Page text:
Russians are … becoming less optimistic about the future, as the percentage of people who think the country’s hard times have passed falls, and the number of people who think the worst is still ahead rises.

… Sociologist Anton Oleinik writes that the relationship between the authorities and society in countries like Russia can be represented by an hourglass, where the upper sphere (the ruling elite) and the lower half (ordinary citizens) are linked by nothing but a narrow bridge. The two spheres exist largely independently, and the everyday life of their inhabitants eliminates the need for each other.

… In this sense, popular thinking about the proverbial war between “the refrigerator” and “the TV set” (between people’s living conditions and the influence of propaganda) is inaccurate. The television and the refrigerator exist in different worlds. The Motherland on TV elicits pride, of course, rising from its knees and laying down the law, and every now and again it even demands sacrifices from the people, sending soldiers off somewhere to die. But it knows little about what’s happening in people’s refrigerators. And thank God for that, people seem to think.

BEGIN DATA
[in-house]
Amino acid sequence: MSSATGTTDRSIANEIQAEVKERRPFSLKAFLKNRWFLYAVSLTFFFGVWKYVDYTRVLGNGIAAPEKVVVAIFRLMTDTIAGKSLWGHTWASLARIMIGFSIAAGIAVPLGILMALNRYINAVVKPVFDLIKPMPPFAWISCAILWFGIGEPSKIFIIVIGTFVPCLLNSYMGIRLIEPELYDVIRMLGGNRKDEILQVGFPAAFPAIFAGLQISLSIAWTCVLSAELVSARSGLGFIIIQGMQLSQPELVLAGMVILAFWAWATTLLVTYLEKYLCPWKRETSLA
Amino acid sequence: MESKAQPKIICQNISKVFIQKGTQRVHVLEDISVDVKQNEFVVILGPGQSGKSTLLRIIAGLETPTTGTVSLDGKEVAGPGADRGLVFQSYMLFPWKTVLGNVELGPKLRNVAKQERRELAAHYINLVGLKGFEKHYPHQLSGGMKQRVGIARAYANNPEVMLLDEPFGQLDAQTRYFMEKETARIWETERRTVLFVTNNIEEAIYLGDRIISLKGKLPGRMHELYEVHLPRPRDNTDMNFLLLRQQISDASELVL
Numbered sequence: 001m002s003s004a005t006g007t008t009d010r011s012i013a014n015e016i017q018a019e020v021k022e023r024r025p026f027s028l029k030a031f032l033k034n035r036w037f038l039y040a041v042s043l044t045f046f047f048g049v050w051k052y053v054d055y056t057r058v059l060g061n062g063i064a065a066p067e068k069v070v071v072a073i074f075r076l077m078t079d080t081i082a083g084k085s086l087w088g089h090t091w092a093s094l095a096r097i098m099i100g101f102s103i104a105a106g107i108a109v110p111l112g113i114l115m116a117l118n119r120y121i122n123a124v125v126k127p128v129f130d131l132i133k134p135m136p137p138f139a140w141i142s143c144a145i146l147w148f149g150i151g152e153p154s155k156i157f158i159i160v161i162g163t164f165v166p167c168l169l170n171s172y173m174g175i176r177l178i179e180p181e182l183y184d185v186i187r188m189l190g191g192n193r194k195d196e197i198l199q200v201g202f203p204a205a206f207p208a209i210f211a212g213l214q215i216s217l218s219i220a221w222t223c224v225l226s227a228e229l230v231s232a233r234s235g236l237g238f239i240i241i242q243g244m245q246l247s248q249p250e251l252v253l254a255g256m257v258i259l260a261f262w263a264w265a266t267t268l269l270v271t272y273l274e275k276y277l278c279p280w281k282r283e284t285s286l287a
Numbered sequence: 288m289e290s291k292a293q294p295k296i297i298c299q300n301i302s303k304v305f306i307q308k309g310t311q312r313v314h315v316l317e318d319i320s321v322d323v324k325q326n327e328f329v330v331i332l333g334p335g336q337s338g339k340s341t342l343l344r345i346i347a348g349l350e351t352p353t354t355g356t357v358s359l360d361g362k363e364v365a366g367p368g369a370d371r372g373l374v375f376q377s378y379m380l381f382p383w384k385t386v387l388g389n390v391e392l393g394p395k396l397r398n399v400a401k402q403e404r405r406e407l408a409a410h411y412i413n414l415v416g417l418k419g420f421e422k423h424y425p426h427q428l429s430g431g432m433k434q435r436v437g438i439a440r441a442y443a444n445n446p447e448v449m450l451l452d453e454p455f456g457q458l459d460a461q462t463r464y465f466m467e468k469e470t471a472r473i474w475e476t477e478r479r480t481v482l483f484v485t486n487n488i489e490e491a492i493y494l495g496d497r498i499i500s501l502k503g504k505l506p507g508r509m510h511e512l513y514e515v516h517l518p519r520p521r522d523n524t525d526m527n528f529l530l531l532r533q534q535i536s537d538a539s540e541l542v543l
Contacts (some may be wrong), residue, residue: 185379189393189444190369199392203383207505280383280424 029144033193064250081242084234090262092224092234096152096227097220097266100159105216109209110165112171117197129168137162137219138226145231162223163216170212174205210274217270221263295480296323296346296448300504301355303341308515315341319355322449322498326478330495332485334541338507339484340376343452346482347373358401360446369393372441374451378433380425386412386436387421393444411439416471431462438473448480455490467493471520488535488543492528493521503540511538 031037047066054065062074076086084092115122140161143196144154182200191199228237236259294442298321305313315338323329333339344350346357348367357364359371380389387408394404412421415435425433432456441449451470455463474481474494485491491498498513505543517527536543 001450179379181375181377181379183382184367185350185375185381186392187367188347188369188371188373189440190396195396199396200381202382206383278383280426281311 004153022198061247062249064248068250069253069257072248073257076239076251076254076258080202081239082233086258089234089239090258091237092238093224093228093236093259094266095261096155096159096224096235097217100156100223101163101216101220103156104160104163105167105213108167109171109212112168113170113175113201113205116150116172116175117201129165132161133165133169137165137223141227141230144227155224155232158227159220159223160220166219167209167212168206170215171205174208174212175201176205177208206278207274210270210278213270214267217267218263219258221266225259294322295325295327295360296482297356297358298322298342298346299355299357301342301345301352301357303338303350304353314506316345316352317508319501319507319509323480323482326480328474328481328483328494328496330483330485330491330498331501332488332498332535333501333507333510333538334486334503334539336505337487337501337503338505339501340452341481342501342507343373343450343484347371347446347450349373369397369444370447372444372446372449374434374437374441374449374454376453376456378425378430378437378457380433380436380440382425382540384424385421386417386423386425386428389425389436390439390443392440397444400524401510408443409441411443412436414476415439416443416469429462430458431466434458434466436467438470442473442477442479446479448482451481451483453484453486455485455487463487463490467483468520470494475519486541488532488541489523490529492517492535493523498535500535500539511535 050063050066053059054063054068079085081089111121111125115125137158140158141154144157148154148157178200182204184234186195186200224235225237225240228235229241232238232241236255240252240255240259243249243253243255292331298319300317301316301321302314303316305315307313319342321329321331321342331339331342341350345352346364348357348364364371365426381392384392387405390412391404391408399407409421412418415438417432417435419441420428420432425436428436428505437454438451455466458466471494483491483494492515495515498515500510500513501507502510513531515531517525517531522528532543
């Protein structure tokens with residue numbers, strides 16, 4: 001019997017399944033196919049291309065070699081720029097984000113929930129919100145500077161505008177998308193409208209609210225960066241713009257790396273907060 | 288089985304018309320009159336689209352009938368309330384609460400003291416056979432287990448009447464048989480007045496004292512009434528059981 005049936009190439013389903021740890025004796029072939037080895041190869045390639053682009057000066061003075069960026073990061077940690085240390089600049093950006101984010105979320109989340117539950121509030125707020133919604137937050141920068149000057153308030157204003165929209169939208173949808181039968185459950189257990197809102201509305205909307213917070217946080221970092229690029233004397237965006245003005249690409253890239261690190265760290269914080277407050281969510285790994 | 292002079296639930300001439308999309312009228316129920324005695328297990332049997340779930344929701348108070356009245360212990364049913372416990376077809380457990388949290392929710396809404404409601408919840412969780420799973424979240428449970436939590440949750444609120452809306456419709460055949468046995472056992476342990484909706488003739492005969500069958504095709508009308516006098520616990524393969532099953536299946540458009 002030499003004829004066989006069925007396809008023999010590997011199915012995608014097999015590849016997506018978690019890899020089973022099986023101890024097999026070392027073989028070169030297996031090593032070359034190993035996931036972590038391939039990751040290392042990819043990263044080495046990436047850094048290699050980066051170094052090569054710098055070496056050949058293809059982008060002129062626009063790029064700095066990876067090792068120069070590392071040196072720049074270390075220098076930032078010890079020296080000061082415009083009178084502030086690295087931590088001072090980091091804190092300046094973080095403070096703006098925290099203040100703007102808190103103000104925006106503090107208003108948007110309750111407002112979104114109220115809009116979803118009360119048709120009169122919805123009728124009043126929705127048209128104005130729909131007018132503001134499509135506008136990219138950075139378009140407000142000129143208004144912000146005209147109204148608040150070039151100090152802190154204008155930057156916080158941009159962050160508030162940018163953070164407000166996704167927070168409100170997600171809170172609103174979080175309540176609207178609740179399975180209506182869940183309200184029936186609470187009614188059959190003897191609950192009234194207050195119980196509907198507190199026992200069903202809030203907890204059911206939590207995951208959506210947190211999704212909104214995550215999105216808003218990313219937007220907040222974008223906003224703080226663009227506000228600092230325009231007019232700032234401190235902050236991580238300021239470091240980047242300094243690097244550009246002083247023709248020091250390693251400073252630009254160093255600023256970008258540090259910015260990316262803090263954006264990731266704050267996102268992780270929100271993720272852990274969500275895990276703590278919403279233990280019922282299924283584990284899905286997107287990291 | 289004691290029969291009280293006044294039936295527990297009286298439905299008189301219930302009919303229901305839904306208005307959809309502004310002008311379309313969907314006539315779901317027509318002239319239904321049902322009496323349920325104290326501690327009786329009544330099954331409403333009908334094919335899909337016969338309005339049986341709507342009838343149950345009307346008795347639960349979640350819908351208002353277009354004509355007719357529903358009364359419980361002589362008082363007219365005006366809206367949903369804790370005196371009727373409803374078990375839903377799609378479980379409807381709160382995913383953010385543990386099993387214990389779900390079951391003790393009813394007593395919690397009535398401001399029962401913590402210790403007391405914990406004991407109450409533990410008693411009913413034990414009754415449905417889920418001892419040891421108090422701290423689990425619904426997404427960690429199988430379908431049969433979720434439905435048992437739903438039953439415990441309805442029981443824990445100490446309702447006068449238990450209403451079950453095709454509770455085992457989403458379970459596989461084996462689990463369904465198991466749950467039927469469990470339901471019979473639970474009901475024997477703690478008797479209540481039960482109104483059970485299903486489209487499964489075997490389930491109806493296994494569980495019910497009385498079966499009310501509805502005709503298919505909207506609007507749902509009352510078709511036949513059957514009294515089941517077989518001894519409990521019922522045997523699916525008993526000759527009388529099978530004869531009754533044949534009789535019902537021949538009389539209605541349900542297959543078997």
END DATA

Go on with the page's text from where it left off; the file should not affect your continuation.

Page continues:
__ https://meduza.io/en/feature/2015/11/02/opinion-putin-is-king-but-russians-know-they-re-on-their-own

This is a fascinating interpretation of the schizoid-like approval ratings for Putin in a failing Russia. If 40% of Russians work “off the books” with little interaction with the official economy or government, they may believe they have little to lose by backing the “TV hero,” Mr. Putin.

On the other hand, as more Russians are forced to go “off the grid” to survive, the separatist urge is likely to gain power. And how hard is it, with today’s technology, to start a new radio or television station using the internet or similar technologies? Media monopolies such as Putin wants, are a thing of the dark ages.

In the old days of the USSR, outsiders often took big risks to smuggle prohibited books and films into the prison-nation. Now, of course, the flow of drugs into Russia, and young women out of Russia, are unimpeded.

But where trafficked people and drugs flow across borders freely, so can state-busting technologies.

Russia’s demographic situation over the next 35 to 85 years is far more dismal than most people understand. Russia’s population is expected to drop from around 140 million now to between 70 million and 110 million in 2050. By the year 2100, Russia’s population is likely to be between 40 million and 70 million, assuming no catastrophic depopulating events occur to cause a larger dieoff. Russia’s labour force is shrinking, and appears to have passed a point of no return.

By around 2050, more than half of Russia’s population will be Muslim. By 2100, perhaps 75% or more of the resident population inside Russia will be Muslim.